This Lighter Side article features a logical fallacy that manifests in our everyday lives, namely the gambler’s fallacy.
It is a fallacy in which an inference is drawn on the assumption that a series of chance events will determine the outcome of a subsequent event. In layman’s terms: believing an event is “due”. In roulette, it is when the ball lands on a streak of red numbers and the anticipation increases that it is due to land on a black number, even though the odds are still 50/50.
It’s generally invoked when we deal with things that frighten us. People who fly a lot tend to think that, after so many flights, they’re “working their way” towards a crash, even though every flight is independent of the last. People fall into the fallacy’s clutches after lightning strikes and shark attacks, thinking that neither can happen in the same place twice. And, of course, if we notice we’re on a lucky streak, or an unlucky one, it has to end soon or be balanced out by something good. If something – for example rainfall or temperature…or an actuarial exam pass rate – is below average for a season, people talk about it increasing soon to get the numbers up to average. We can’t help thinking that, in all cases, the past explains the future.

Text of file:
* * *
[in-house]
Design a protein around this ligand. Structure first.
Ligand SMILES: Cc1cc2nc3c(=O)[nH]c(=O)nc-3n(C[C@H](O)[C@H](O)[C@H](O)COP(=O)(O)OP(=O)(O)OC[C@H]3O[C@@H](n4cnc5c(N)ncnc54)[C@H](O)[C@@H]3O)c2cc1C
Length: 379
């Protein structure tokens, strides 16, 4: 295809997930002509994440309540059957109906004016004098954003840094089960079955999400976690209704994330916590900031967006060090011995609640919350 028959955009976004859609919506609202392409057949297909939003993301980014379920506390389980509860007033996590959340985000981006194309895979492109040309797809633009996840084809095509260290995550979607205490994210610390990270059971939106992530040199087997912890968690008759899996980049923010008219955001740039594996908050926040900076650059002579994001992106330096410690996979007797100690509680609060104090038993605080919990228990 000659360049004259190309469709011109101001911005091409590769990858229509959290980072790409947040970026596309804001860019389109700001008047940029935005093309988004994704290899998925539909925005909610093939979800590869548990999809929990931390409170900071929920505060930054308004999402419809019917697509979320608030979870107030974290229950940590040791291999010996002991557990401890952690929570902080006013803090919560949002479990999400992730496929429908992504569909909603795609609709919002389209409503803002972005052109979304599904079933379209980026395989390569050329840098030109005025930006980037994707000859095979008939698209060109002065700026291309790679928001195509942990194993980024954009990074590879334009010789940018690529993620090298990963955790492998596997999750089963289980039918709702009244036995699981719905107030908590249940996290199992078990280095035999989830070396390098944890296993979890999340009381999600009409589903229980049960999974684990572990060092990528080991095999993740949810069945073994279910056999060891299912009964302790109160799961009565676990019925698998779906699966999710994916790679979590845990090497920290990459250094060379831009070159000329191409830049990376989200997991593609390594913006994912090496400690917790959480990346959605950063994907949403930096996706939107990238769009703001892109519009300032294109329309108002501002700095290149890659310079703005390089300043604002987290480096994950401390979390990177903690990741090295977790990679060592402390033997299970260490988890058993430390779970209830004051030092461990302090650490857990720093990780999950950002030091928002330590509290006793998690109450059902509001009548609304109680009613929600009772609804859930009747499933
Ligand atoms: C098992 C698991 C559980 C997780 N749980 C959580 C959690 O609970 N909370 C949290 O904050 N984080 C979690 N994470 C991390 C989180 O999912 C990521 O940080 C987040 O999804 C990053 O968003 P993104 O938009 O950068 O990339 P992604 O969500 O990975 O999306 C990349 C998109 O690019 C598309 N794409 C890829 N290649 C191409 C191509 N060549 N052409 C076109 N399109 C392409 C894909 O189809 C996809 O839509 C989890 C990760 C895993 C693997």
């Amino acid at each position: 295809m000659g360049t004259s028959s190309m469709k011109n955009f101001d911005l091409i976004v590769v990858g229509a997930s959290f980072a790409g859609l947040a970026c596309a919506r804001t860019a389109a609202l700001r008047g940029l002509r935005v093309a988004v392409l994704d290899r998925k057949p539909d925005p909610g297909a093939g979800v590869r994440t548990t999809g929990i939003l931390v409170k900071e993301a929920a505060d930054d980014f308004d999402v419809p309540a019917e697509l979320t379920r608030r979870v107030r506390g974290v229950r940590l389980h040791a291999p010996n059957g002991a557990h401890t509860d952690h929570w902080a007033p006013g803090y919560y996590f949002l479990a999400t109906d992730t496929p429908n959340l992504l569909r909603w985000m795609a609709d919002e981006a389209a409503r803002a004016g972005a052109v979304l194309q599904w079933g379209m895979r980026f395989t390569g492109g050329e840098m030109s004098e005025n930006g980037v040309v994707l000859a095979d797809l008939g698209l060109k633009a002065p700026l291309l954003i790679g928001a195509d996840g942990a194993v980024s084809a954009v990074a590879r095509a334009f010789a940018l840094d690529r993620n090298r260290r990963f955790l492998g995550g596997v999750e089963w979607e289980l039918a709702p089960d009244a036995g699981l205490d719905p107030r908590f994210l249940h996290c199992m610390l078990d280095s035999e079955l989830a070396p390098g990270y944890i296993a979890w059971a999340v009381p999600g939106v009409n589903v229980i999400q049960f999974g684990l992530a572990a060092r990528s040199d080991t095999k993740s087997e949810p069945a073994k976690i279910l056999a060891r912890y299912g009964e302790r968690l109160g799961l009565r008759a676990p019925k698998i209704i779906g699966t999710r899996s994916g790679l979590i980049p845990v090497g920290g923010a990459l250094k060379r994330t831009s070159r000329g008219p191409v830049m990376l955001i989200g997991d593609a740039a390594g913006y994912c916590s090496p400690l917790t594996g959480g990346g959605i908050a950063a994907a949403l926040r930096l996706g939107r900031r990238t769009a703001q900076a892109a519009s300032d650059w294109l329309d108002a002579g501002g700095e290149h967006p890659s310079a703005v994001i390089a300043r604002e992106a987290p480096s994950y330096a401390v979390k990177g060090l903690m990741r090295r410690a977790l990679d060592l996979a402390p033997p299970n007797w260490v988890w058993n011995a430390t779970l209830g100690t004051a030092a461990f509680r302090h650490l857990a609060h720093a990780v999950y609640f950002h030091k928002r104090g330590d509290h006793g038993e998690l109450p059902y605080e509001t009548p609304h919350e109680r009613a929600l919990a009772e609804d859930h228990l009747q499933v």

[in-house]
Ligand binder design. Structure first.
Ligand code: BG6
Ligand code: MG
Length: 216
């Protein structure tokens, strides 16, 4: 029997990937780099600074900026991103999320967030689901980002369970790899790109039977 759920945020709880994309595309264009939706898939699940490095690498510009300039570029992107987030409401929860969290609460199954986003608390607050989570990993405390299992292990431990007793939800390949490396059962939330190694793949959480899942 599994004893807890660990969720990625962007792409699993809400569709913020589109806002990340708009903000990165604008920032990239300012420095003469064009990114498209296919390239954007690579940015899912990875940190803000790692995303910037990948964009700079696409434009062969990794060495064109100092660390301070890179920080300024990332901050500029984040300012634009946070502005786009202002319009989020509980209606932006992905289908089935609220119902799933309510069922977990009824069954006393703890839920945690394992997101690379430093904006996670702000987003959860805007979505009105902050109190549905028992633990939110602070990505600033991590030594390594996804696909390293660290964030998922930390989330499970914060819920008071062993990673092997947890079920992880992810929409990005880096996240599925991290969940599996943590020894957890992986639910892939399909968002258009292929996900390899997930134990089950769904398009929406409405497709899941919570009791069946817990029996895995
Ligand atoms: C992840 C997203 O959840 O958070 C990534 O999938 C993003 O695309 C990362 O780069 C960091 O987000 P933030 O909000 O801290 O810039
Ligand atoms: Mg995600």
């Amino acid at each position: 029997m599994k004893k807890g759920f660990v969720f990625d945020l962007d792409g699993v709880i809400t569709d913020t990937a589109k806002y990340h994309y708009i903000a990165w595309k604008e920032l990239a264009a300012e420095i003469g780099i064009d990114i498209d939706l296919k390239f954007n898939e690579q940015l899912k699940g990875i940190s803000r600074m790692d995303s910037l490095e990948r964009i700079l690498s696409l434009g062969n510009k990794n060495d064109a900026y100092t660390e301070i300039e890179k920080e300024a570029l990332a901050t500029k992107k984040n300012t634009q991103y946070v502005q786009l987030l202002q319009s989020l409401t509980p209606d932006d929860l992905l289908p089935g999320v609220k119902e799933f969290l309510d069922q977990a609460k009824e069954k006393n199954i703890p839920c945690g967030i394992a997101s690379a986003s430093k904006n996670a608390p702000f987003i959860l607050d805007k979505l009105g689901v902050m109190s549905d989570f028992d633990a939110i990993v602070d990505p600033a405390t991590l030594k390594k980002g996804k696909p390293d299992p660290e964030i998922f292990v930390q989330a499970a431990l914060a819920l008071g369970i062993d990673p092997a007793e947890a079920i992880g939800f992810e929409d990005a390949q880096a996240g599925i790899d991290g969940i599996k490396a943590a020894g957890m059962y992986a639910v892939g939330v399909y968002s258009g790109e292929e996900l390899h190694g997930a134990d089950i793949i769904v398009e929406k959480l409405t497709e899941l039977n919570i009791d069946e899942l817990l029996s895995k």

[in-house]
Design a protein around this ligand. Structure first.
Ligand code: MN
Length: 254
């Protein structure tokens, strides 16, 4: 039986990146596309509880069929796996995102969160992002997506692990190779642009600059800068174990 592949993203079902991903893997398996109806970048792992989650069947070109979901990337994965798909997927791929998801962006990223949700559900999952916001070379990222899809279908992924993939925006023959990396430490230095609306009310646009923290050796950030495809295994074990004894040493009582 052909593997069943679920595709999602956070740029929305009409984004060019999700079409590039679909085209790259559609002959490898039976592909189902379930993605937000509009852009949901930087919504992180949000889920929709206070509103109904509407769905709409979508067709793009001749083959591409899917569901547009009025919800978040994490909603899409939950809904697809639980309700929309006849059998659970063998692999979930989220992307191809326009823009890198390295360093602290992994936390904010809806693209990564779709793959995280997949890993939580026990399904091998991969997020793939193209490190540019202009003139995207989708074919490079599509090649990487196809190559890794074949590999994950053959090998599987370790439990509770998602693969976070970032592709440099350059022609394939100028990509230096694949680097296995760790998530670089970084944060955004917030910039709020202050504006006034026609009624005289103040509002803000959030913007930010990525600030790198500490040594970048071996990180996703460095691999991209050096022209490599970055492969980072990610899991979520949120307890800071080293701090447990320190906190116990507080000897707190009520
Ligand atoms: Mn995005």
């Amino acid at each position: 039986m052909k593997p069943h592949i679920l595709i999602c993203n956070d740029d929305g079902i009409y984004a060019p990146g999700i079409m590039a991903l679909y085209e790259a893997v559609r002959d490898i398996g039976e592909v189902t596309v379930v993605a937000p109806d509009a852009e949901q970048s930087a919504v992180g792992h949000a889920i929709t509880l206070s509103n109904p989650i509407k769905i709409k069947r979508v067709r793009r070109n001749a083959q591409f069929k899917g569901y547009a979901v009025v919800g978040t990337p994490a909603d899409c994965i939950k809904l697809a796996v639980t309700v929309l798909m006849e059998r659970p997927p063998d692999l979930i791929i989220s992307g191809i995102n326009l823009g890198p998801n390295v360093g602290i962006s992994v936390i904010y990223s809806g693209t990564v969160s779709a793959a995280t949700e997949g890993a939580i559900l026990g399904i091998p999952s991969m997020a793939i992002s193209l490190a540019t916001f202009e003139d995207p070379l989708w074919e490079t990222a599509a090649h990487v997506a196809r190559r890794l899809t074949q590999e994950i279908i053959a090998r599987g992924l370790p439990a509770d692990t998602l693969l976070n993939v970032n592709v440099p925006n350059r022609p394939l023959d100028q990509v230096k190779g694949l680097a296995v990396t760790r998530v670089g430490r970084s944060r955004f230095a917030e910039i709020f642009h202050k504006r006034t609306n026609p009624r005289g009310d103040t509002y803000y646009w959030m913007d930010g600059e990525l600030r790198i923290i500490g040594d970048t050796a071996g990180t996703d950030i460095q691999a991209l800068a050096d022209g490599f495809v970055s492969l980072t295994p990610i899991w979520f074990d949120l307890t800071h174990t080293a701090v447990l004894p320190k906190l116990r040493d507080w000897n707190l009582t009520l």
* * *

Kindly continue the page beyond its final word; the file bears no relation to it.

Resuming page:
Luckily, if we identify the fallacy, we can counter it by logical thinking and remind ourselves that most events are just random.